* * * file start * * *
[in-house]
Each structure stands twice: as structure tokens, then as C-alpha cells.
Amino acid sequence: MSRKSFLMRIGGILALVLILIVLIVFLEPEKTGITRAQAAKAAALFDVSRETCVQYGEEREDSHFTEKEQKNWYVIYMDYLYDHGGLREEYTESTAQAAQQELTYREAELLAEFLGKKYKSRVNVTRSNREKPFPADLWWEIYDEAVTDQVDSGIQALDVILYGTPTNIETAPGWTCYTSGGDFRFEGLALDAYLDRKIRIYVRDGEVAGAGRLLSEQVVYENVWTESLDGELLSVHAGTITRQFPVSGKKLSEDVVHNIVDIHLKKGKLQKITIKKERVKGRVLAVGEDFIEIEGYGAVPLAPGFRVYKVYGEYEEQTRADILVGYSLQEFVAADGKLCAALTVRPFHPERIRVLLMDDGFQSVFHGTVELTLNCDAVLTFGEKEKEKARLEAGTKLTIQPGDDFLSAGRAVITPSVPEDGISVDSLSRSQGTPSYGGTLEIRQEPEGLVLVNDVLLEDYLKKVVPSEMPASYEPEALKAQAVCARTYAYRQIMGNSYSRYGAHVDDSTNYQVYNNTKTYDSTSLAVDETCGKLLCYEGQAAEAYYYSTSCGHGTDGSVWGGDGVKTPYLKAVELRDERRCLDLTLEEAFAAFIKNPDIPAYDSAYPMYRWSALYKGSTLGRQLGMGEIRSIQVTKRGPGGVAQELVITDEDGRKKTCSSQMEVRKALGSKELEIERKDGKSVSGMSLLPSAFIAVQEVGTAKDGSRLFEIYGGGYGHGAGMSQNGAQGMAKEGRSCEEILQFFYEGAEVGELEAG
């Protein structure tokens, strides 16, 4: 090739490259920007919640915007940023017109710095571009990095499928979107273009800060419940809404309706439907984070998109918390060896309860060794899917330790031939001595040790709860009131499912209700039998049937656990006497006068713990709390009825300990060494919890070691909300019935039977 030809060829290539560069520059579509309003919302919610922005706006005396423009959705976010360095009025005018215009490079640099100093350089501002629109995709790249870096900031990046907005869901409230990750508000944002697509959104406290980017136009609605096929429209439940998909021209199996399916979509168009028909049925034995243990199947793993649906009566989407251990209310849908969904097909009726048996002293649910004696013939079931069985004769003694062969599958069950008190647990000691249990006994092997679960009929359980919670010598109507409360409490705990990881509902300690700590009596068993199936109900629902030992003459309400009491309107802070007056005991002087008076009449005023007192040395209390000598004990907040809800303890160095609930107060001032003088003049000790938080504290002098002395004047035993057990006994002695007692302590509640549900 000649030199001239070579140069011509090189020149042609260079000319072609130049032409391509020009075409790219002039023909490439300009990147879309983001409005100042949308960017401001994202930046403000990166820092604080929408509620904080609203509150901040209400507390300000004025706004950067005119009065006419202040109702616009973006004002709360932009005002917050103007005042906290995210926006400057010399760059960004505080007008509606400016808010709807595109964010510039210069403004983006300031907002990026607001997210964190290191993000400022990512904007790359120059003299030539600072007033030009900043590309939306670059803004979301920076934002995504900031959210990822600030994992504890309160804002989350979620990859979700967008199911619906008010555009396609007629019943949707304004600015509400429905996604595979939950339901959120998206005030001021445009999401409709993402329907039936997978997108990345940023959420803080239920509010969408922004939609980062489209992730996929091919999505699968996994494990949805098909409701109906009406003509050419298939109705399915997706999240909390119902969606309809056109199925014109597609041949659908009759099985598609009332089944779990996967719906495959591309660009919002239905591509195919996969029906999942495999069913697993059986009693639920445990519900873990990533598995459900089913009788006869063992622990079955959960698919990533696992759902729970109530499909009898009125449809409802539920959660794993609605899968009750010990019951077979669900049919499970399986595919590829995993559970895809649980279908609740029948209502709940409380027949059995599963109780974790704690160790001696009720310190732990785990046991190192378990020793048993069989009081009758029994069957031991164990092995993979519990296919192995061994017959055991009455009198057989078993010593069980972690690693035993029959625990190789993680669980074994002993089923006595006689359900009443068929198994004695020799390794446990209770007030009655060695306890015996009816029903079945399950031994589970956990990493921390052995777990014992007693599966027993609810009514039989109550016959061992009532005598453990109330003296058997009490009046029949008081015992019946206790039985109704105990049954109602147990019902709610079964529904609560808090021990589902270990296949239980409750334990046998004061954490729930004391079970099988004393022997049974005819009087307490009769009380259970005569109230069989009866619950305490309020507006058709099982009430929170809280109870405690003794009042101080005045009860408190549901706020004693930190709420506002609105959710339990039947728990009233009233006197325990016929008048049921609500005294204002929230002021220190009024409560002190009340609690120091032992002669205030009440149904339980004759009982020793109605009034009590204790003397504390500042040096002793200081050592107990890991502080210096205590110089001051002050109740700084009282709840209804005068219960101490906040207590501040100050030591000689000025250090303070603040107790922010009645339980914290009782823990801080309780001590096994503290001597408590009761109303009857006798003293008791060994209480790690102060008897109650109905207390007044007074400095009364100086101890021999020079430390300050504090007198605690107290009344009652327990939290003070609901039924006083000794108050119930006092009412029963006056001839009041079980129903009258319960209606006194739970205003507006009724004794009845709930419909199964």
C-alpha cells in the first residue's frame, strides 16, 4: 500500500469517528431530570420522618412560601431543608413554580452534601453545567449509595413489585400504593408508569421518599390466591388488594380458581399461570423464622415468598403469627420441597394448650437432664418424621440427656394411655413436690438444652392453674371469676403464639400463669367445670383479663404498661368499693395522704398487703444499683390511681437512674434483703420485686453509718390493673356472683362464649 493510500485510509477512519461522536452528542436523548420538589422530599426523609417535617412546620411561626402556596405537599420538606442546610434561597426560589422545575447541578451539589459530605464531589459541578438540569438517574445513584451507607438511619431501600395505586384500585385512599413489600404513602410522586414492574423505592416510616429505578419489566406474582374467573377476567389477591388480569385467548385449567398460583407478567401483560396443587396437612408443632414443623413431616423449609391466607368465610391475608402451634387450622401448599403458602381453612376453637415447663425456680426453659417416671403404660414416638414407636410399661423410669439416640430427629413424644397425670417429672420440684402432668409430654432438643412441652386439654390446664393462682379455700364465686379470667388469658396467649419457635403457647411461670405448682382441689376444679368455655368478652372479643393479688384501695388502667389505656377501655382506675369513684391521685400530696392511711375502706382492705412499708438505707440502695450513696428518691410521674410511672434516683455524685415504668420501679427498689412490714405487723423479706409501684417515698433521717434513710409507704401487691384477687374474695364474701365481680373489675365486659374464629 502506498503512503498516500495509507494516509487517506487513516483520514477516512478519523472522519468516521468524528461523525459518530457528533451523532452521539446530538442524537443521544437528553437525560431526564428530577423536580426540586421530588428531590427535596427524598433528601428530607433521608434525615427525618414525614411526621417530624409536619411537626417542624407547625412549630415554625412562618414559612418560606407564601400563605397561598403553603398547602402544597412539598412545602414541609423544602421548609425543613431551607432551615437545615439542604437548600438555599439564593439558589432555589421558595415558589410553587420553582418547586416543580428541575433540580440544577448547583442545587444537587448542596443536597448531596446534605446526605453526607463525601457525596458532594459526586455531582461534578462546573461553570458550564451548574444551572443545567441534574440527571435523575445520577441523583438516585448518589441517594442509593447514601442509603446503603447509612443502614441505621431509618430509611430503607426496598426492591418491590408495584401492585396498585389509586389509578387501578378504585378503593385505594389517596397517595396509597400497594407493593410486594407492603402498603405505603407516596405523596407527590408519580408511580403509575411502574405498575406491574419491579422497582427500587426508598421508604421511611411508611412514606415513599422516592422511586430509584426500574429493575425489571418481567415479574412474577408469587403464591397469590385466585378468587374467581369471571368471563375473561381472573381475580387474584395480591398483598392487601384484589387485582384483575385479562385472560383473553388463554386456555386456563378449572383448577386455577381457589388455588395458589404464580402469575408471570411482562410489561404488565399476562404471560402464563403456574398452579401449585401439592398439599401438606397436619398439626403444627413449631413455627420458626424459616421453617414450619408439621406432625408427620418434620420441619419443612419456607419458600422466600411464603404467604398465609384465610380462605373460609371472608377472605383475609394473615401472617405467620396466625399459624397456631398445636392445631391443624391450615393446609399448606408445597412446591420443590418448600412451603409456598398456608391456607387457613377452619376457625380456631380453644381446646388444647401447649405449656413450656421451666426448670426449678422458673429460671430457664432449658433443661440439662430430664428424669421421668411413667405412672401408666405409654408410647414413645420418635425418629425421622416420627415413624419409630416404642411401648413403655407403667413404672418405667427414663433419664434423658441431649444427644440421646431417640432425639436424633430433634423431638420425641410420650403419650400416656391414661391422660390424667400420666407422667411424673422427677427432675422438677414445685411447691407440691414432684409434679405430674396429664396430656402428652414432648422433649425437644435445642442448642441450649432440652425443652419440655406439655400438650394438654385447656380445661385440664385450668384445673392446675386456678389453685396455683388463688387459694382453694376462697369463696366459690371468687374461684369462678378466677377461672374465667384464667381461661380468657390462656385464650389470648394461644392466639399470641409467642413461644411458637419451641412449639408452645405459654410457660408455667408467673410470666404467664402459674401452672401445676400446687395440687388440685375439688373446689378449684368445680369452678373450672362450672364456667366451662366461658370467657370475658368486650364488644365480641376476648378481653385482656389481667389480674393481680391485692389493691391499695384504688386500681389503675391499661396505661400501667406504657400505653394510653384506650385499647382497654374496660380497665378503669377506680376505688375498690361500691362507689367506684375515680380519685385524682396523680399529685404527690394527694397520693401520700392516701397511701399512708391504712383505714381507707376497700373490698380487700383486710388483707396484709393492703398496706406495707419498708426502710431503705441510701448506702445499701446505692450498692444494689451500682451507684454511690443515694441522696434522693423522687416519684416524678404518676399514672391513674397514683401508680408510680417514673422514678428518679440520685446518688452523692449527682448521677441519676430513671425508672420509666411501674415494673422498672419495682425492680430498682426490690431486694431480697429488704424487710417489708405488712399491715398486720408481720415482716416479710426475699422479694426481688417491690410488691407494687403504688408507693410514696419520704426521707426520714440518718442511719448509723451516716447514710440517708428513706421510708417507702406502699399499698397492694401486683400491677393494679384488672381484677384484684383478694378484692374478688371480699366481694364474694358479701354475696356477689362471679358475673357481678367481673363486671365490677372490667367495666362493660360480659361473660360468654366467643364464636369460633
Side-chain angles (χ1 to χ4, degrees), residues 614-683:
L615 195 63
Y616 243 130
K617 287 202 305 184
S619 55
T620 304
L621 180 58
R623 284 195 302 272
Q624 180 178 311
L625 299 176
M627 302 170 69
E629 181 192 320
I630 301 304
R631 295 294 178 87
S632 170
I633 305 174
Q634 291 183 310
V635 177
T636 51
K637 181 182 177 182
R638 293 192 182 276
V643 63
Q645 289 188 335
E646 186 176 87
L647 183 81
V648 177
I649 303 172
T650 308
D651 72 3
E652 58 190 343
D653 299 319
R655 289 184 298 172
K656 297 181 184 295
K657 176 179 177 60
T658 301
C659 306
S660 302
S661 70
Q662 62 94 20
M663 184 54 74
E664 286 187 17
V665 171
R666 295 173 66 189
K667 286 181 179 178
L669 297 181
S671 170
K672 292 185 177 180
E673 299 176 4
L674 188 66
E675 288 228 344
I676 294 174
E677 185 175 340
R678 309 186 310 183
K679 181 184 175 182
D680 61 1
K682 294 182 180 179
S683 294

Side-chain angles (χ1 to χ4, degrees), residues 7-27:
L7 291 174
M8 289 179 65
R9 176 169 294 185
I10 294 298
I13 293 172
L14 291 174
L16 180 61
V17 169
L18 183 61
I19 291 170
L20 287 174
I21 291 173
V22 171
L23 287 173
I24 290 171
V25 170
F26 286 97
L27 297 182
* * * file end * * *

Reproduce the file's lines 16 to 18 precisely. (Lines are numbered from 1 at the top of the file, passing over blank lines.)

M627 302 170 69
E629 181 192 320
I630 301 304